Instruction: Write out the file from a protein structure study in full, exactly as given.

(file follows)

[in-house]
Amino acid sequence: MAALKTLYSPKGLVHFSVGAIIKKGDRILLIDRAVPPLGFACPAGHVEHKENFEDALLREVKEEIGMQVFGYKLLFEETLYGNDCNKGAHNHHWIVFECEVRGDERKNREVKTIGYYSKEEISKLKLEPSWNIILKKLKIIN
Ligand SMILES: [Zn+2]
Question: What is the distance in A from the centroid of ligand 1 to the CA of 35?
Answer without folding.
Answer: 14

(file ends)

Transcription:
[in-house]
Amino acid sequence: MAALKTLYSPKGLVHFSVGAIIKKGDRILLIDRAVPPLGFACPAGHVEHKENFEDALLREVKEEIGMQVFGYKLLFEETLYGNDCNKGAHNHHWIVFECEVRGDERKNREVKTIGYYSKEEISKLKLEPSWNIILKKLKIIN
Ligand SMILES: [Zn+2]
Question: What is the distance in A from the centroid of ligand 1 to the CA of 35?
Answer without folding.
Answer: 14